Peace Treaty, a Prelude to Invasion?

There is a prevailing myth among some “experts” that the DPRK (Democratic People’s Republic of Korea or North Korea) wants a peace treaty with the U.S. in order to militarily invade ROK (Republic of Korea or South Korea) again.

Now there is nothing new about the occasional shows of threats and counter threats that characterize the ongoing Korean War. But this year, the risk of war and its tragic consequences may have seemed more imminent due to the reputation of the new U.S. President Donald Trump as untested, unpredictable and under threat politically at home. So after President Trump ordered two aircraft carriers to Korea, many people called for a peace treaty to avert a war which may end up killing thousands to millions of Koreans or worse, lead to WWIII.

But several familiar names among academics, journalists, authors, and think tanks (like B.R. Meyers, Donald Kirk, Bradley K. Martin, Michael Breen, and Rand Corp. Bruce Bennett) responded by arguing that a peace treaty is really a Trojan Horse. The basic argument goes: A peace treaty means the withdrawal of U.S. troops. Without the U.S., the ROK is helpless. Once the U.S. withdraws, it turns its back on the ROK forever. The DPRK then replays 1950 except it will be more like South Vietnam in 1973. They say now that the DPRK has nukes, the ROK or the U.S. won’t be able to resist.

Aside from the intriguing tautology of arguing that peace inevitably will lead to war and so we need to continue the war and forget peace, the argument does not stand the test of time, reality, or logic.

First, the myth demonizes the DPRK as some irrational warmonger hell bent on a forceful reunification at all costs. But since the Armistice, the DPRK has neither imploded nor restarted the war. Instead of a blind obsession for unification at all cost, it is more plausible that their priority is survival, especially that of the elite and the Kim family. Besides, they are in no position to force anything on anyone. They lack food, fuel, modern conventional weaponry, and likely also support from China and Russia for such an endeavor. Rather, any military engagement is suicide for the DPRK or at least the current regime. Instead, they may actually want peace and coexistence, which they have been asking for since 1972. Despite being a martial law state and having a personality cult, they may see a better chance for survival in a future of peace and coexistence. Nukes? You can’t invade and occupy a country with nukes but they are a great deterrence: Libya and Iraq lacked nukes.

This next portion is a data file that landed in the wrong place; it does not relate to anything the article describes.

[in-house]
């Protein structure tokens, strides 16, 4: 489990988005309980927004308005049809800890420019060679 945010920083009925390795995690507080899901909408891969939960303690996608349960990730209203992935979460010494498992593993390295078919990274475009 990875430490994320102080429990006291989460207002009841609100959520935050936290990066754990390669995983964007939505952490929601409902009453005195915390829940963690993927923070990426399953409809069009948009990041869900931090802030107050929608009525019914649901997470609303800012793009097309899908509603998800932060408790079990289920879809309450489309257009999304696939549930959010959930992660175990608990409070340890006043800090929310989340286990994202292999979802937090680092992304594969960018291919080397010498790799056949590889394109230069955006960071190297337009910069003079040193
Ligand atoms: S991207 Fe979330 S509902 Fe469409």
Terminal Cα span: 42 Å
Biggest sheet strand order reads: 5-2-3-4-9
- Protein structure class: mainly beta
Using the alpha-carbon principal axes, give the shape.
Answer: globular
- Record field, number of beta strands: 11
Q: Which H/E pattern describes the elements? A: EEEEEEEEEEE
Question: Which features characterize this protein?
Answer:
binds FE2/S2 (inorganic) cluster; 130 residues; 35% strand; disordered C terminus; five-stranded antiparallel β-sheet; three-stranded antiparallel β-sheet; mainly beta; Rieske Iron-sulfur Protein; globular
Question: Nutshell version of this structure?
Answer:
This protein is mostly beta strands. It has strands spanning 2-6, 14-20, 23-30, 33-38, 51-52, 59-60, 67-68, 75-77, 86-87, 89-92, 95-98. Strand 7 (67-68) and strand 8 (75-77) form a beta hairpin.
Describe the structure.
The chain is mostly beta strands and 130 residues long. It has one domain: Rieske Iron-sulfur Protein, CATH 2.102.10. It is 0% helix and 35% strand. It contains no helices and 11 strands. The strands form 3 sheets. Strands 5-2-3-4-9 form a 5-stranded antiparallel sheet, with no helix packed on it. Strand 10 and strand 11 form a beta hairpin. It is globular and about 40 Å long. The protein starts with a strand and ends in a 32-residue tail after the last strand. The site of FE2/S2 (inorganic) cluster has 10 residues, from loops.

Second, the contention that if the U.S. withdraws, the ROK will be so isolated and helpless is also problematic. The ROK is not a sitting duck. It is a thriving democracy and a major trading partner of the U.S., China, and the rest of the world. The international community would not sit by if the ROK was attacked by any foreign power let alone a “pariah” autocracy like the DPRK. Further, the ROK GDP is exponentially larger than the DPRK’s. The ROK’s military is not only better fed and better equipped, it is also more technologically advanced and likely far superior than the show piece DPRK military. Without restrictions imposed by the U.S. on ROK weapons development, it would not be too difficult to overwhelm North Korea using all of the ROK’s economic, technical, and human resources. The ROK is likely more than a match for the DPRK.

Thirdly, there is something strange about the myth. There is a kind of in-built blackmail in the story. It seems to say, “Peace Treaty? The U.S. will have to pull out and we may not be there to save you again. So don’t think about it.” It really sounds like propaganda designed to instill fear in order to preserve the status quo and the U.S.-ROK Alliance. While this may have been true into the 1970s, the ROK today is hardly so vulnerable.

Anyway, in the end, the myth that a peace treaty invites a replay of 1950 or South Vietnam 1973 quickly loses validity. Militarily and economically, it is impossible for the DPRK to attempt unification by force and survive.

So go ahead, give a peace treaty a try, but only a comprehensive and well thought out treaty will untie the Gordion Knot that is the ongoing Korean War.

This article was previously published on August 31, 2017 in the Korea Times as “Is peace treaty prelude to invasion?”

Photo credit: Screen shot from the Ultimatum video reportedly made by North Korea.

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